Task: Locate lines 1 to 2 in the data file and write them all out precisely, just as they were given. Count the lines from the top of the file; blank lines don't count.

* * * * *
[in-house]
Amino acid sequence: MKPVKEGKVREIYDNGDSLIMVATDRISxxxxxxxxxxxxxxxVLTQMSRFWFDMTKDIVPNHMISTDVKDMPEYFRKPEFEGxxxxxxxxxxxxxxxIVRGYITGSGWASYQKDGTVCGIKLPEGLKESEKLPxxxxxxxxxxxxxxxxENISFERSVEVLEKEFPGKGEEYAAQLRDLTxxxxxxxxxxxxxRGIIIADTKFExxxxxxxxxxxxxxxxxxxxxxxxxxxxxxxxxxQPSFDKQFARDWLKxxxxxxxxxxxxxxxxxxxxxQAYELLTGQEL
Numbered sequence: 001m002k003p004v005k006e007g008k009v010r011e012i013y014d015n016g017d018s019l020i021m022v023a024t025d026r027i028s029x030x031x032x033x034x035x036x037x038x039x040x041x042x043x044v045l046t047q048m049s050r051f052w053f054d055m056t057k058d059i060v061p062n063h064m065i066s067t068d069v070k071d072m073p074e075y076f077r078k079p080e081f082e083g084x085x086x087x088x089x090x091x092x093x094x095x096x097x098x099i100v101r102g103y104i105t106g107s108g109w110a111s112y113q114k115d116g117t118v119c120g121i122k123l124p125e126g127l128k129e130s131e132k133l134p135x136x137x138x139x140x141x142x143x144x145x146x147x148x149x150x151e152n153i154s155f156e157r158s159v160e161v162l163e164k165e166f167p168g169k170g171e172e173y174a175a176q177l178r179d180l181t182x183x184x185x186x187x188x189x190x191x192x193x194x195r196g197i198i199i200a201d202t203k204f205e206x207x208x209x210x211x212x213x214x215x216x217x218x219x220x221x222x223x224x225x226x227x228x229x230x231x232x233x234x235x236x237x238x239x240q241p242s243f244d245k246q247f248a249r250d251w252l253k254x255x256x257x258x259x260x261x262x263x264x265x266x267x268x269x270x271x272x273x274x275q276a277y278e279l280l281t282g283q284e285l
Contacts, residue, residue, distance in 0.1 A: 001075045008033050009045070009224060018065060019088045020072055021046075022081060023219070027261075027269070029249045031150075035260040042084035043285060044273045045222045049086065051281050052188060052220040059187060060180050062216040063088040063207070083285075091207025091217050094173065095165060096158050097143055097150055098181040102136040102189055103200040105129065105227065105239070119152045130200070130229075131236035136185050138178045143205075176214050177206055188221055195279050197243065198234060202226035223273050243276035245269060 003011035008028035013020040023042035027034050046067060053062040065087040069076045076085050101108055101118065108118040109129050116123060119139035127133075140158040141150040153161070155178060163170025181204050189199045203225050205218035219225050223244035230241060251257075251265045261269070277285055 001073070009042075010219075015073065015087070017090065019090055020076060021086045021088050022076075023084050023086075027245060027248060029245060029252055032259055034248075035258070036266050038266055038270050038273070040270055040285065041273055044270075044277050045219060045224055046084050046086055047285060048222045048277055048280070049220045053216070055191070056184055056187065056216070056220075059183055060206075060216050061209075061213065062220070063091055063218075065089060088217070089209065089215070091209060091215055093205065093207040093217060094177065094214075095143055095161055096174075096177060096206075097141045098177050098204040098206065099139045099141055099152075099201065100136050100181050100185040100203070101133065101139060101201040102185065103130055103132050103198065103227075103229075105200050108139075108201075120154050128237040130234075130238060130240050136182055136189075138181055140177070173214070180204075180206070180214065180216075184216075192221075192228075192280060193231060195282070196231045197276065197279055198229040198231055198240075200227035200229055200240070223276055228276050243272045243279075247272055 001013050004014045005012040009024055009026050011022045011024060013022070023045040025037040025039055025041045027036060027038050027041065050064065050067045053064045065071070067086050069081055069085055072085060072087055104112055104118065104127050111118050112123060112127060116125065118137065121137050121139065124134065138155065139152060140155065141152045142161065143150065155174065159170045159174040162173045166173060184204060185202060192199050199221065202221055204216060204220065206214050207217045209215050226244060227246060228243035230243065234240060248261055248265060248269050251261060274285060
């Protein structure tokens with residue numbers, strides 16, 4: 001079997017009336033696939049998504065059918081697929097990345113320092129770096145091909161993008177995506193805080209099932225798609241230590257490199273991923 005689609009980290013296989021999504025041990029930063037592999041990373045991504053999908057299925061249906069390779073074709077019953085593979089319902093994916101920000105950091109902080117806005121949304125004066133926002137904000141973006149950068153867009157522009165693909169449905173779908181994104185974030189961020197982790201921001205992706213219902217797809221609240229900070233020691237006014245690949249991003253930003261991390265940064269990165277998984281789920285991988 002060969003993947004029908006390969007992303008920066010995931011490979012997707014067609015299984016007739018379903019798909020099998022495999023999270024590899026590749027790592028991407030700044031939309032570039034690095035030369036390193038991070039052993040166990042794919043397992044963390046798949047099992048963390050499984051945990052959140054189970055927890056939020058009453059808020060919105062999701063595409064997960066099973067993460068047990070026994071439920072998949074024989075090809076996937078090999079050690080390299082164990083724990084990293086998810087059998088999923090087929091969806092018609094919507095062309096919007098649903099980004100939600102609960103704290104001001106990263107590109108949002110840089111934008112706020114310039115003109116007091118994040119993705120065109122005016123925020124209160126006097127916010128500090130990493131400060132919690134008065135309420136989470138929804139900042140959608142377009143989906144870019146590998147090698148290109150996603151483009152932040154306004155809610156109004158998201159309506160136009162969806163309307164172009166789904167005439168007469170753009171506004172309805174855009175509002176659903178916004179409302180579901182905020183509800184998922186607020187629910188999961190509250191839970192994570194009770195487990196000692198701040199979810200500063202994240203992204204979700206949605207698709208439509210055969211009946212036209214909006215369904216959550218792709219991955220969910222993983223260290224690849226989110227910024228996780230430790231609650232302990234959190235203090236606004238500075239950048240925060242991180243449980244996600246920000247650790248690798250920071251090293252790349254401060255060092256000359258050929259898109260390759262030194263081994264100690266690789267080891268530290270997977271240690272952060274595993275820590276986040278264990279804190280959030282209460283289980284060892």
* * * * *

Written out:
[in-house]
Amino acid sequence: MKPVKEGKVREIYDNGDSLIMVATDRISxxxxxxxxxxxxxxxVLTQMSRFWFDMTKDIVPNHMISTDVKDMPEYFRKPEFEGxxxxxxxxxxxxxxxIVRGYITGSGWASYQKDGTVCGIKLPEGLKESEKLPxxxxxxxxxxxxxxxxENISFERSVEVLEKEFPGKGEEYAAQLRDLTxxxxxxxxxxxxxRGIIIADTKFExxxxxxxxxxxxxxxxxxxxxxxxxxxxxxxxxxQPSFDKQFARDWLKxxxxxxxxxxxxxxxxxxxxxQAYELLTGQEL